Abstract
Machine learning, with its advances in deep learning has shown great potential in analyzing time series. In many scenarios, however, additional information that can potentially improve the predictions is available. This is crucial for data that arise from e. g., sensor networks that contain information about sensor locations. Then, such spatial information can be exploited by modeling it via graph structures, along with the sequential (time series) information. Recent advances in adapting deep learning to graphs have shown potential in various tasks. However, these methods have not been adapted for time series tasks to a great extent. Most attempts have essentially consolidated around time series forecasting with small sequence lengths. Generally, these architectures are not well suited for regression or classification tasks where the value to be predicted is not strictly depending on the most recent values, but rather on the whole length of the time series. We propose TISERGCN, a novel graph neural network architecture for processing, in particular, these long time series in a multivariate regression task. Our proposed model is tested on two seismic datasets containing earthquake waveforms, where the goal is to predict maximum intensity measurements of ground shaking at each seismic station. Our findings demonstrate promising results of our approach—with an average MSE reduction of 16.3%—compared to the best performing baselines. In addition, our approach matches the baseline scores by needing only half the input size. The results are discussed in depth with an additional ablation study.
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1 Introduction
In today’s world, advances in hardware and wireless network technology have opened the path for energyefficient, multifunctional and lowcost sensors [1]. Spread across a large geographical region, a set of sensors can then form a sensor network used for data collection and analysis [2], in particular considering largescale time series data. Example domains where such realworld sensor data is analyzed include, e. g., traffic [3], weather [4] and seismology [5], in particular regarding time series regression and classification, e. g., [6, 7].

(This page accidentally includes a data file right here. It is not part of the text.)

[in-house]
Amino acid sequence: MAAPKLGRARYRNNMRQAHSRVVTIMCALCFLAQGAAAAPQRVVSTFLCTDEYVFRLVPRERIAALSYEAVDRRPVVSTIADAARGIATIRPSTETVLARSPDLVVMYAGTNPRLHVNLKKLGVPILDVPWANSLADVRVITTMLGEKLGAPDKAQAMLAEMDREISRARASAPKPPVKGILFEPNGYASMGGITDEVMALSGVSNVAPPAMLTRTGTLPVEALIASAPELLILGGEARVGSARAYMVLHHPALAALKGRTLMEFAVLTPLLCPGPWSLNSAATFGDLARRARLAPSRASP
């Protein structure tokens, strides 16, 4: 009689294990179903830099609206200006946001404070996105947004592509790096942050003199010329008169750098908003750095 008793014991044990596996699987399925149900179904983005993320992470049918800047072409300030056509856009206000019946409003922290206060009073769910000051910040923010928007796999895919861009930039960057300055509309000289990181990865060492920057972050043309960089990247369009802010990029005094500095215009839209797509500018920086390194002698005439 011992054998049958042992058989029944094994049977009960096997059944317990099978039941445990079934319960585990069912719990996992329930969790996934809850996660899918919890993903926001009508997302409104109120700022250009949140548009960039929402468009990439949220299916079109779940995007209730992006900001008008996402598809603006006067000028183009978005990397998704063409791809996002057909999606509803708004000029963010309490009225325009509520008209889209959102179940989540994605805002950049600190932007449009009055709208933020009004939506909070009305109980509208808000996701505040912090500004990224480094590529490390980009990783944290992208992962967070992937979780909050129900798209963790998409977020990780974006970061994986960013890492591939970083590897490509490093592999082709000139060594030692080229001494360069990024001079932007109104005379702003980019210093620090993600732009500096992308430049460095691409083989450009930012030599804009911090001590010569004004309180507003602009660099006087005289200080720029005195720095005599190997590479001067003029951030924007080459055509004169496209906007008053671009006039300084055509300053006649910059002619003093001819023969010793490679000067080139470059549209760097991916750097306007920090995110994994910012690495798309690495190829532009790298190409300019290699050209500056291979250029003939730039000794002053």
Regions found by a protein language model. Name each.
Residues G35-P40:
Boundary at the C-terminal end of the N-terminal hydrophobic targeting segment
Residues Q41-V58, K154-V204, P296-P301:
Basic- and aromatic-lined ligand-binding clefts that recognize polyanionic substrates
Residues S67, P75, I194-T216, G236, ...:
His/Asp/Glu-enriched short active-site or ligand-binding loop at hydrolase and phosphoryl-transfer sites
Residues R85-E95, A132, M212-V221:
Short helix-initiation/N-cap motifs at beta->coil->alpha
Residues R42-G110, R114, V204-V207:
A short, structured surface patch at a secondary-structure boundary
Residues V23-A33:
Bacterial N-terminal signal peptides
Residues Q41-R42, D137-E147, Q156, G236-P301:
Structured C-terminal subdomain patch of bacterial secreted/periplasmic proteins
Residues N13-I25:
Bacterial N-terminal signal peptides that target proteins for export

Recently, there have been considerable advances in deep learning methods, in particular regarding CNNs, with respect to their ability to automatically find structure and meaningful features in the data. This leads to powerful (implicit) feature construction and computationally efficient models, e. g., [8, 9] for time series. However, if only the time series data are examined, then some aspects of the sensor data are left unseen, i. e., the spatial relations of sensors in datasets that are geographically grounded.
Consequently, researchers have developed deep learning techniques to perform time series analysis like forecasting [10], anomaly detection [11] and imputation [12], with data arising from networks (i. e., graphs), called graph neural networks (now referred to as GNNs), which we also focus on in this paper. However, if the predicted value does not rely more on recent values from the input than early values (known as Time Series Extrinsic Regression (TSER) [7]), the aforementioned models are not adequate for the task.
Therefore, in this paper we tackle the problem of multivariate time series regression, for which we present a novel GNNbased architecture named TISERGCN. Our evaluation applies highfrequency networkbased seismic data demonstrating the efficacy of our proposed approach.
Previous attempts for tackling similar time series problems with graphbased methods have been made by [5, 13, 14], yet each has some shortcomings. van den Ende and Ampuero [5] mention that they designed a GNN for the localization of earthquakes from waveform data. However, they only append the (latitude, longitude) information to the time series being handled by a CNN. Therefore, while prediction scores improved, no actual GNN layers were used. Second, [13] proposed a graph partitioning algorithm that works together with a CNN. However, they make use of classical graph theory techniques and a GNN method is not applied. Lastly, [14] recently suggested a method that uses CNNs and GNNs for seismic event classification. However, (1) no spatial information is used at all, i. e., each edge has a weight of 1, nor (2) meta information about the stations is added, and (3) only three nodes are examined for each observation, which could be difficult to interpret as a fullfledged/complex network.